The Senate upheld Internet access rules known as net neutrality on Thursday, rejecting a move to overturn the Federal Communications Commission’s regulations.
The Republican-backed bill to scrap the FCC’s net neutrality rules failed to pass muster in a 46-to-52 vote that fell strictly along party lines.
Sen. Kay Bailey Hutchison (R-Tex.) proposed the resolution to overturn the rules under the Congressional Review Act, sighting the FCC’s questionable authority to introduce rules for Internet access providers.
Hutchison and several Republican lawmakers say the rules that dictate how Internet service providers handle Web content for customers would be overly burdensome to communications firms.
Democrats argued in favor of the FCC rules, which the White House has also endorsed.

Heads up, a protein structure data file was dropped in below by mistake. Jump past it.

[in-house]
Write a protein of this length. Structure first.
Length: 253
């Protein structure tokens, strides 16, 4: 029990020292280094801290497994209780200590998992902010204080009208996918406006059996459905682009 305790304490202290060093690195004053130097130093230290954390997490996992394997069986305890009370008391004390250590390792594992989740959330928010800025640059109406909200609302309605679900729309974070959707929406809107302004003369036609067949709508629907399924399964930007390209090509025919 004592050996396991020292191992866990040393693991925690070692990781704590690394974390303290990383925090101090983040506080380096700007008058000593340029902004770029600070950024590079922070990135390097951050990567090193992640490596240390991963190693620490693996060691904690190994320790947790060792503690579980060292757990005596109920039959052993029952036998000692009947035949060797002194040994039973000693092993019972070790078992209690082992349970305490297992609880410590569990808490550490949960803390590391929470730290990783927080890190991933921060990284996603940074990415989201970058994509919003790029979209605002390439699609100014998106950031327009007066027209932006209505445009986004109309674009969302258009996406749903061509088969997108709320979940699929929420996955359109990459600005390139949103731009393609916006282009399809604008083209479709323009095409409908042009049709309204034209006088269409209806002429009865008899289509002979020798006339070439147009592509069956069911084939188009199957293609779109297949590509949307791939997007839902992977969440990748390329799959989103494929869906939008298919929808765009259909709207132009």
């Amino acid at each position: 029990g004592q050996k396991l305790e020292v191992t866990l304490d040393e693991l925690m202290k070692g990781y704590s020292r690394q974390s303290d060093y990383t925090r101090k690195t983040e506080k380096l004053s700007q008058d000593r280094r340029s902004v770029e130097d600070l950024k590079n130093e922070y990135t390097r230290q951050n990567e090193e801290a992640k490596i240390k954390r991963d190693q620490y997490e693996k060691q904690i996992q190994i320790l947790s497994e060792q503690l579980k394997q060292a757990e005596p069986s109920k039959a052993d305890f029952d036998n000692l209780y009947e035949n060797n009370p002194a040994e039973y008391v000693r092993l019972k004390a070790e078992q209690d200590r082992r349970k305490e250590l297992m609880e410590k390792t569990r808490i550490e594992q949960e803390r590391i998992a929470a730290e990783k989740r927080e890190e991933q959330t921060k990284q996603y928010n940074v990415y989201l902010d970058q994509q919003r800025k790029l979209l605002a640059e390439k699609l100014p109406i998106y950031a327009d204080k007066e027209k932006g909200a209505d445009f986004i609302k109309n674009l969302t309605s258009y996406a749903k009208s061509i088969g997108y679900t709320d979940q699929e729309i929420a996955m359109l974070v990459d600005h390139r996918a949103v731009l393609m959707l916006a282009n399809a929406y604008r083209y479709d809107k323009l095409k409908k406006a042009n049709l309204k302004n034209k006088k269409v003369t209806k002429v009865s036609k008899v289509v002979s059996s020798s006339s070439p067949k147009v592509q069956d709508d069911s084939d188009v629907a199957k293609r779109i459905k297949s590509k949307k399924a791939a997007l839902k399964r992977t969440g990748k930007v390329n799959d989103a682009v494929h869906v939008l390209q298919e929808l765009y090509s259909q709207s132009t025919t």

Senator John “Jay” Rockefeller (D-W.Va.), chairman of the Commerce, Science and Technology committee, noted that companies had helped shape the regulation.
“These rules are the product of hard work, consensus and compromise,” Rockefeller said in a statement. “So at the end of the day, the FCC's light-touch approach to network neutrality prevailed, and that is a good thing.”
Republican House lawmakers passed their own resolution to overturn the rules. The Obama administration earlier this week said it would veto bills aimed at killing the net neutrality rules.
The loss by Senate Republicans gives the FCC some reprieve, but the neutrality rules are being challenged in court. Verizon Communications and Metro PCS have sued the agency, saying the rules go beyond the FCC’s jurisdiction as a communications services regulator. On the other side, Free Press, which supports net neutrality, has also sued the FCC, saying the rules don’t adequately protect wireless consumers.
Notably, Sen. Olympia Snowe (R-Maine), who had previously supported a law for net neutrality, voted in favor of Hutchison’s bill.